Of course, since the Castro inspired revolution, which he betrayed and turned the country over to the USSR and destroyed Cuba, Cienfuegos has suffered along with the rest of the island, however, because it is a much more recent city, its buildings and streets still fare rather well. The buildings are still standing strong but without paint, as paint is a commodity…among so many…that in Cuba no one can find. Very few things have changed in Cienfuegos since the 1950’s when the city expanded and created beautiful suburbs. A major negative has been that many of the big, roomy houses in the centre ville, have been cut up, or second stories have been added for people to live because the communists have not built houses for the people.

One of the most famous suburbs in Cienfuegos is Punta Gorda. It is a thin strip of land that juts out into the bay, water on both sides, where beautiful communities of chalets and houses were built by developers in the forties and fifties. At the end of the thin strip of land is the de Valle palace (once a private residence, now a hall for the events and parties of the communist fat cats high in the government). There is also the hotel Jagua at the end of the strip, which has a very nice waterfront with bars and lounges as well as a small jazz club, (the hotel was built in 1958, of course, prior to the revolution which destroyed Cuba). Presently none of these amenities…or even the hotel…are for the enjoyment of the Cuban population, they are meant for the Canadians and Europeans who regularly come to the island.

But, why say more…enjoy the video. I visited in 2015 and 2016 and these are some of the memories I was able to capture. Personally, I find Cienfuegos, along with many things and places in Cuba to be jewels to be enjoyed and visited. However, I do not advocate travel to the island. I am convinced that doing so only fills the coffers of the communist government with hard currency and benefits not the population. You simply help to perpetrate the governments existence and the people’s suffering.

You are welcome to my Youtube channel where you can see and listen to other videos I have created along with Cienfuegos Part 2. The music is original and the images are of my photographs and my art work.

To see more of my artwork, please follow my Instagram @Francisco_Bravo_Cabrera

You can also view my online galleries of “JaZzArt en Valencia” by visiting…you do not have to buy anything…this site:

If you like this post or others, please like and follow and please feel free to comment or to communicate. Let’s create discussions and conversations on art, travel or anything else.


Darkness Sublime

Something that I had a lot of fun doing back in the early 2000’s with my band AJA (Abstract JaZz Arrangement)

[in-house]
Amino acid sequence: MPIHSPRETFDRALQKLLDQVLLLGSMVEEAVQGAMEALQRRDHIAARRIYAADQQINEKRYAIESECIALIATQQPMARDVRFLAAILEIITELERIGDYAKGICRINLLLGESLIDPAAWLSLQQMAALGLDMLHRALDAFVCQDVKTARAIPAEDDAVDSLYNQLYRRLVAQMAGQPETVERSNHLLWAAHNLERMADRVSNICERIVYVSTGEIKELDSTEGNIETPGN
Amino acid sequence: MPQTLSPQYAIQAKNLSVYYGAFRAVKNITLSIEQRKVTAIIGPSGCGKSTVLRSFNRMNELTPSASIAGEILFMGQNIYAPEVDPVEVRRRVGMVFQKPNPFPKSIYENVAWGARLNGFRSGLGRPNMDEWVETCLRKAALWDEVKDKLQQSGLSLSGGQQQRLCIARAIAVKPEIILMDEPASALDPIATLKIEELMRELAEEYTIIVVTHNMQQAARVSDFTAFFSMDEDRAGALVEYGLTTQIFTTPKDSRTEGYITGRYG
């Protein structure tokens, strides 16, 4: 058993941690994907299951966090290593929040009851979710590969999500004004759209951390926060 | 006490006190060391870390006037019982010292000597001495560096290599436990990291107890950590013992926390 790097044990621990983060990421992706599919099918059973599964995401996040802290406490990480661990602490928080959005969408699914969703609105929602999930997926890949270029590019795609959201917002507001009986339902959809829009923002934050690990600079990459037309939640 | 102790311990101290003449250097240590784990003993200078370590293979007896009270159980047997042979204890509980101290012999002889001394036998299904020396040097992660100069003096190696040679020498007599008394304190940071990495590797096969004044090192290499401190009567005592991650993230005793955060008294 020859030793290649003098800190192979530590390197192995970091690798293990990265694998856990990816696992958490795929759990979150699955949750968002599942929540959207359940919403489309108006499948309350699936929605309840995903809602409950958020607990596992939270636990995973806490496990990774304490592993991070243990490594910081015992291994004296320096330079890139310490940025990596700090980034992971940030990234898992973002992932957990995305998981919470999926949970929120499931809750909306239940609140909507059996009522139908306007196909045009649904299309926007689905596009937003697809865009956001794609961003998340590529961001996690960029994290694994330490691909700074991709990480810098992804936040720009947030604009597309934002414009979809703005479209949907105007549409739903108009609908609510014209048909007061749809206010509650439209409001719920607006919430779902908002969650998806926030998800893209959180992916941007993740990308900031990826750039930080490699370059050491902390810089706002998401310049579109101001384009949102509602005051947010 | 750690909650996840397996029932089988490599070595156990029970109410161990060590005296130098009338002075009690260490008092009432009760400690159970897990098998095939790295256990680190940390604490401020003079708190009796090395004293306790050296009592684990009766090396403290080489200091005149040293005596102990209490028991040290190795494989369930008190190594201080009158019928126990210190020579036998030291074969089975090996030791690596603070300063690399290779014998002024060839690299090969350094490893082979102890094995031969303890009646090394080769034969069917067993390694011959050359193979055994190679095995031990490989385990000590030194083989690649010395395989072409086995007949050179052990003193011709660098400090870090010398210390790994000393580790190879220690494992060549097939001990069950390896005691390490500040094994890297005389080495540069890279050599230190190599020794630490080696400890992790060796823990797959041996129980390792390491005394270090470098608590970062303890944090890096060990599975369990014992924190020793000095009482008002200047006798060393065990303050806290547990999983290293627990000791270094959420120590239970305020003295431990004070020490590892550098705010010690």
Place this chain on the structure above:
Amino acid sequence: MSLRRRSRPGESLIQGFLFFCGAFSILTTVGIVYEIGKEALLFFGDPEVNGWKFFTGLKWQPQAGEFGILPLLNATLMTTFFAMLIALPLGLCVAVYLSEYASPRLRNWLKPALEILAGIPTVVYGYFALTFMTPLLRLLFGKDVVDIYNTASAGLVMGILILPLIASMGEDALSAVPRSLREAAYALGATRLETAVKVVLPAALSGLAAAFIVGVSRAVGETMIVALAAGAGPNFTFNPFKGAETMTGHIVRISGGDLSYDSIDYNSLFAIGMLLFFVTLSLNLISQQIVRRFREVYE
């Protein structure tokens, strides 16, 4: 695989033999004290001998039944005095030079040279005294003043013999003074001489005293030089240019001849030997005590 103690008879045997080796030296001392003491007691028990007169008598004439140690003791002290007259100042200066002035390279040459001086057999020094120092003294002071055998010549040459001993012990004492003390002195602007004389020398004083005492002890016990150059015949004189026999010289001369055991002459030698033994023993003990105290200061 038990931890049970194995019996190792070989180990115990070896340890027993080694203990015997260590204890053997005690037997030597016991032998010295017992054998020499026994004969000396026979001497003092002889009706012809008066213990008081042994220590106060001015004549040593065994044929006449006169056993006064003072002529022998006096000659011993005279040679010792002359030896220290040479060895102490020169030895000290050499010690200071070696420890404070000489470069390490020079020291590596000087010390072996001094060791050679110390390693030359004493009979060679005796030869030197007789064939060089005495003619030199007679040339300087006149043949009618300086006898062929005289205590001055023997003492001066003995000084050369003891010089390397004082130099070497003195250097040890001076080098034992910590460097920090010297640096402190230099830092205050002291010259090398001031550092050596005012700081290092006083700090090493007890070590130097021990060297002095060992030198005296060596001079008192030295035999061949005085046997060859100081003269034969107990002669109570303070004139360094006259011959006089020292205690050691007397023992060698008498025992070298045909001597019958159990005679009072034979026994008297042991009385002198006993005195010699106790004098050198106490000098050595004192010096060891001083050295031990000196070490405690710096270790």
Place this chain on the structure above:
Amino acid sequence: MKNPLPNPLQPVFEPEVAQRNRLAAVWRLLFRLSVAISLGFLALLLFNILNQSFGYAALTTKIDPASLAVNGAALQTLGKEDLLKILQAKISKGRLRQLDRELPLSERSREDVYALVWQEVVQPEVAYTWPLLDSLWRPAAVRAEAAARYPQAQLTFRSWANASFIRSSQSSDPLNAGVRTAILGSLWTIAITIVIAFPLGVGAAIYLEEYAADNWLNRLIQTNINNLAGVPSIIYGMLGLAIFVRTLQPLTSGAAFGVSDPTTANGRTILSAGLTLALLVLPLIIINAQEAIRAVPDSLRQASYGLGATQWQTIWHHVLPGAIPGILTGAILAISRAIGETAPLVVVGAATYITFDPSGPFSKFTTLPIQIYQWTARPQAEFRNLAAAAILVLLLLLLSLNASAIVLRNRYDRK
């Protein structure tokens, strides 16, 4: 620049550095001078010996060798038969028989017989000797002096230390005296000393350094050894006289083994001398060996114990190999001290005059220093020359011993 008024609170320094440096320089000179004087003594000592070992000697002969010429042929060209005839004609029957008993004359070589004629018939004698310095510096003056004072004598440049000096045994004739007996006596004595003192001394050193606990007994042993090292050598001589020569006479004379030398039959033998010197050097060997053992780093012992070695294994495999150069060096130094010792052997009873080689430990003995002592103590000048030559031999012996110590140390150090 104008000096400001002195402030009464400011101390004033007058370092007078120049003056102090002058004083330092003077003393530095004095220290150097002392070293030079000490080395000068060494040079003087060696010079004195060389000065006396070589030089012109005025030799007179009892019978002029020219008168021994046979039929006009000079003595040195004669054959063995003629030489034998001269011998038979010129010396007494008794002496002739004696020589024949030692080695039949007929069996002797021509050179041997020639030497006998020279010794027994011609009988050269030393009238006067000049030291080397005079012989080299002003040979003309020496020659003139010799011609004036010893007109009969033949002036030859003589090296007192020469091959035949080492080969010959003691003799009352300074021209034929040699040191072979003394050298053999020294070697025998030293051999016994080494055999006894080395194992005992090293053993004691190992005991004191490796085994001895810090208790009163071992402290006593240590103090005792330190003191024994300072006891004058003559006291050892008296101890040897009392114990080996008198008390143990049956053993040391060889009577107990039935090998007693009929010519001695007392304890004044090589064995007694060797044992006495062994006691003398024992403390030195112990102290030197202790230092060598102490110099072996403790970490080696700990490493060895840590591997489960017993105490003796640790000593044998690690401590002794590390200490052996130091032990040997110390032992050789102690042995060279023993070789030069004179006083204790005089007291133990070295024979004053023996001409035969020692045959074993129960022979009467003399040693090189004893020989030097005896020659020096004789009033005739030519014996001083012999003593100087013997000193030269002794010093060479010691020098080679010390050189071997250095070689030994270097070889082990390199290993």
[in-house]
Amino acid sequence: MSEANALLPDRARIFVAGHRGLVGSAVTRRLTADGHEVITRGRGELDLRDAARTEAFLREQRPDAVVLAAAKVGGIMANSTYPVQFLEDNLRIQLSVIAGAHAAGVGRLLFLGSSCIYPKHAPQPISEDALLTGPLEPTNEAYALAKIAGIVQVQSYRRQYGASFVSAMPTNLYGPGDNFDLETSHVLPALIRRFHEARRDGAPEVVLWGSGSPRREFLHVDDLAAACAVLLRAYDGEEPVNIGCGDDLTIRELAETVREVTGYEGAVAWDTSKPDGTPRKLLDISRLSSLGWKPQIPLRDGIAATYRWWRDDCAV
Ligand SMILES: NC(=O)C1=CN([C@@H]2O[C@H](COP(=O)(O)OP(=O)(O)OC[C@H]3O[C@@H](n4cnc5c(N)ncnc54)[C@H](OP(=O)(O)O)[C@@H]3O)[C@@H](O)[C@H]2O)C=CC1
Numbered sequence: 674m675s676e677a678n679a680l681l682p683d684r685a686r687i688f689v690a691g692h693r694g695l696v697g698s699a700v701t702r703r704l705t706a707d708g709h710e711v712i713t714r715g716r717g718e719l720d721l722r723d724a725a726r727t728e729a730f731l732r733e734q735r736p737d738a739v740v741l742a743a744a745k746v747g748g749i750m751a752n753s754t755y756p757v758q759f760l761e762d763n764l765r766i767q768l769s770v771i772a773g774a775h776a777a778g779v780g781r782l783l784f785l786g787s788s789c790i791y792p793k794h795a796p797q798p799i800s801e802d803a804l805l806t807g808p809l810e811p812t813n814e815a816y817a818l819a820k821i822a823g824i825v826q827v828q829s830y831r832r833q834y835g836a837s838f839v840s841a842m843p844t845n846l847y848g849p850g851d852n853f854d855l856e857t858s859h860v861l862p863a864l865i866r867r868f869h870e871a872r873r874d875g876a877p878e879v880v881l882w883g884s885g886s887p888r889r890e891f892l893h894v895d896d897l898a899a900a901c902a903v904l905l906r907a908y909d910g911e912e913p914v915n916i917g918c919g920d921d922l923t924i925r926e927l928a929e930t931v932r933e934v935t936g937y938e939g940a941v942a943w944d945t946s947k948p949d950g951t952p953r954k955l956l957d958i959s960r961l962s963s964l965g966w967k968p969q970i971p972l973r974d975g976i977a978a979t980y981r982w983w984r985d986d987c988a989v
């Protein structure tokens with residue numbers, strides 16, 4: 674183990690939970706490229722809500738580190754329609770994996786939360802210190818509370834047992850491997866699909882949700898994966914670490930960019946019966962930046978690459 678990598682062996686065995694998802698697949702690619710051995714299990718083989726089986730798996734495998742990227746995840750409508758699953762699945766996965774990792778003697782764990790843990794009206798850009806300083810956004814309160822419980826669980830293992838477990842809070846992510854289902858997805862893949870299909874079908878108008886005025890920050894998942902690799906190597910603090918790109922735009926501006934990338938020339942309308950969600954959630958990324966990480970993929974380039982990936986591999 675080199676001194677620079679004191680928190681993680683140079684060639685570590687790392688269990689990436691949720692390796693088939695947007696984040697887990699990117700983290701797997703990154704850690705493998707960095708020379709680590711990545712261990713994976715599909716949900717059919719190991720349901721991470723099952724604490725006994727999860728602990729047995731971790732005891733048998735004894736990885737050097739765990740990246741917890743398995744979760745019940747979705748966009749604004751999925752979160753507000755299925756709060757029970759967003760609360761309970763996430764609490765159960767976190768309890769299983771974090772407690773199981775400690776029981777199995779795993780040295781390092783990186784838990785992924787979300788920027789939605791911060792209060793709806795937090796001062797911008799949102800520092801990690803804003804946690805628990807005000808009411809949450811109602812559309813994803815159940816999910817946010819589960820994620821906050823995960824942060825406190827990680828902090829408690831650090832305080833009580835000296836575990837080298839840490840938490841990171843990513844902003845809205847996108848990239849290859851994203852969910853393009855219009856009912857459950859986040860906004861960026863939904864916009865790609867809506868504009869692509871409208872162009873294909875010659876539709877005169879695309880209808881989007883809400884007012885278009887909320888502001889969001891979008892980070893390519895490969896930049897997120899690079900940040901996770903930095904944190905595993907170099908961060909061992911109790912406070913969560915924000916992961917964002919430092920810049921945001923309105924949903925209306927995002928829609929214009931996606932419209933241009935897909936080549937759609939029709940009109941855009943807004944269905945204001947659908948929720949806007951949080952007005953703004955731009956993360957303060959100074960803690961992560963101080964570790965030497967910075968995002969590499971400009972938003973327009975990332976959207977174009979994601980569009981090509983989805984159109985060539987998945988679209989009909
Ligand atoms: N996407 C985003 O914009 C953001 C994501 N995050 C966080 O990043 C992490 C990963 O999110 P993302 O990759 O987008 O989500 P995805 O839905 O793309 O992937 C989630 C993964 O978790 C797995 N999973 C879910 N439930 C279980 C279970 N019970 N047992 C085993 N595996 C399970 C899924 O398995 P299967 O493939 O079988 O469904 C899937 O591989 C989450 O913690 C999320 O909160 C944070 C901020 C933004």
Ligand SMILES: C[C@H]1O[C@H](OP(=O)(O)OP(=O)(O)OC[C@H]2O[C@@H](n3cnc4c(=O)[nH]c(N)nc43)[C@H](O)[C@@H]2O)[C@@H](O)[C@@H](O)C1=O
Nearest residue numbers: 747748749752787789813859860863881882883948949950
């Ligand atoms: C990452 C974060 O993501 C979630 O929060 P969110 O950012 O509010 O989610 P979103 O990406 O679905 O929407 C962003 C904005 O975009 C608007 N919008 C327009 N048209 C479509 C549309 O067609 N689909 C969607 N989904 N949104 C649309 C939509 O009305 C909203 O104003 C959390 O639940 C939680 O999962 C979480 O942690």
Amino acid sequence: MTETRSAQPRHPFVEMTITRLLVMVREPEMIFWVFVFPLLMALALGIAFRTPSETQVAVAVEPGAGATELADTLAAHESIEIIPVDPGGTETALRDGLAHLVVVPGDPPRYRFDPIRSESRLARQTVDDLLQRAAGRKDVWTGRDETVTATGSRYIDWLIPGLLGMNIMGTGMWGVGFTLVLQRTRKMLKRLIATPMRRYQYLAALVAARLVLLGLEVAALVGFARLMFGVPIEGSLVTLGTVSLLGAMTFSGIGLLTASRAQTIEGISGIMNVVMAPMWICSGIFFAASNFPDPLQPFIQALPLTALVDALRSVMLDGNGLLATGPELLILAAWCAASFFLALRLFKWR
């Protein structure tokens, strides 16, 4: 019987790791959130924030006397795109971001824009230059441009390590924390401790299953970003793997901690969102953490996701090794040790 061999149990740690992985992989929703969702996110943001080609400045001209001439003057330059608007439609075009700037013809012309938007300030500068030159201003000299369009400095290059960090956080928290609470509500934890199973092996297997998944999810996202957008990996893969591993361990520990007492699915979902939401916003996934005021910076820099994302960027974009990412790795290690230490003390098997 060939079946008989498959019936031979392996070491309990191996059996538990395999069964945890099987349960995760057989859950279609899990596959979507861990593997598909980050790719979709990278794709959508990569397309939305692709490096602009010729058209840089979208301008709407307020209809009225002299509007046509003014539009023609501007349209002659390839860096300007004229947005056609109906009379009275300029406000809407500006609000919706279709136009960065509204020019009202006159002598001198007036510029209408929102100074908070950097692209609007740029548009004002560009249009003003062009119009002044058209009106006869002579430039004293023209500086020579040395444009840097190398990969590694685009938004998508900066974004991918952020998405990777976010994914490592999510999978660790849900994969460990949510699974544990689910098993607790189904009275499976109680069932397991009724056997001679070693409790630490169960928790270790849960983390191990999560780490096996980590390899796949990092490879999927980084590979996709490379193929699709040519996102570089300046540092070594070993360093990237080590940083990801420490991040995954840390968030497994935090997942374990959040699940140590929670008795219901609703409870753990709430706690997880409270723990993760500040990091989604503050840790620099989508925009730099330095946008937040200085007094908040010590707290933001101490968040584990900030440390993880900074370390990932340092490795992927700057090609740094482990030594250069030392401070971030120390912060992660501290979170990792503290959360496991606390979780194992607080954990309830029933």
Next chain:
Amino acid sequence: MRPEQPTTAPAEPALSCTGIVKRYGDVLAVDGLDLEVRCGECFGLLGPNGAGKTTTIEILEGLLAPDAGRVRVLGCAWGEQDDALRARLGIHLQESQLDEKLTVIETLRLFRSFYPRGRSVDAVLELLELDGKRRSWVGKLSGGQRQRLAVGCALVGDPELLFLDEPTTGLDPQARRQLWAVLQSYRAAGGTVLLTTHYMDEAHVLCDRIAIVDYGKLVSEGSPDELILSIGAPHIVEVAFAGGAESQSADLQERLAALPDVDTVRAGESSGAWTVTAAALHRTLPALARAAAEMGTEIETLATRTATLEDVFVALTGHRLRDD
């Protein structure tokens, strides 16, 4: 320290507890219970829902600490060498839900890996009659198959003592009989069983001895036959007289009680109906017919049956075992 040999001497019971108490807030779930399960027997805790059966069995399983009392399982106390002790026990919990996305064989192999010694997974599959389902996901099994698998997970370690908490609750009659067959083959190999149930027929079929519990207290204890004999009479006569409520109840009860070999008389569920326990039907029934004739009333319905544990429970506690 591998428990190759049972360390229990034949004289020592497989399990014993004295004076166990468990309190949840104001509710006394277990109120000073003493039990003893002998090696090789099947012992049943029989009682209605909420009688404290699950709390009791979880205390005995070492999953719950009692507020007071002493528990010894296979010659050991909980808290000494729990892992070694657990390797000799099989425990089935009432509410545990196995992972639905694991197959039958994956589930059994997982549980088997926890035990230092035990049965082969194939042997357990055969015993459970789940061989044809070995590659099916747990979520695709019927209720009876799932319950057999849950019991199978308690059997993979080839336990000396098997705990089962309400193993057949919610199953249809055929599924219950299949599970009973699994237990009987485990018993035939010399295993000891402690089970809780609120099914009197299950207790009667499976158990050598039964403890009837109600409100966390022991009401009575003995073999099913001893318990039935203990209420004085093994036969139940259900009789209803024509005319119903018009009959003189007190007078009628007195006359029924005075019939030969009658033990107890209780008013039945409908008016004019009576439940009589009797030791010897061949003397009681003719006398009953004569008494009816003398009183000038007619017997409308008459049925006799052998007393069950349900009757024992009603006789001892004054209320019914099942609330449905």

“Darkness Sublime” by BODO and AJA

“I met the lady dancing at the neighbourhood pub, man she was a pretty sight, she showed me all the moves that I could ever dream of and then she took me home for the night…”

This is the opening line of a song that I think I wrote in 2004 or 2005, I am not so sure. I probably have the manuscript somewhere but in any event, it narrates the origins and creation of Bodo Vespaciano and AJA. That “night” which lasted for a long time, allowed BODO to come forth as a personality.

I should explain that BODO was my trademark…and sometimes my identity…for many years but…

BODO surged from a dream and a nightmare but most certainly from reality. But not necessarily the name which came from one of my favourite footballers of the eighties, Bodo Illgner, the German Goal Keeper who played with the West German team in the World Cup 1990 and who also played for Real Madrid. So there is no mystery there. Vespaciano comes from the name of a Roman Emperor. Nothing there either. Then what?

Well, creating a company name that can also function as an alter-ego is something that can create confusion but…with that intention at times…that was not what I intended to do. With BODO around I was able to begin my body of work, of paintings and drawings, back in 2003. BODO was capable of reliving dreams and situations perhaps created back ten years before when I wrote a musical theatre comedy in Miami and such a time left many memories and from such an effort I also gained many unique experiences and the result has been many vivid visions. I know its confusing but…

Listen to the song, watch the video that way, instead of so many words, the song will explain most everything there is to know of the BODO VESPACIANO mystery…

Please like and share, please follow and comment. I would love to generate or be part of conversations and discussions on art. And to my new followers, Thank You!

My work can be seen on my Instagram, please follow @Francisco_Bravo_Cabrera and you can visit…no need to buy…my online galleries where my new collection of JaZzArt en Valencia is located by visiting

“Bodo Vespaciano” Paris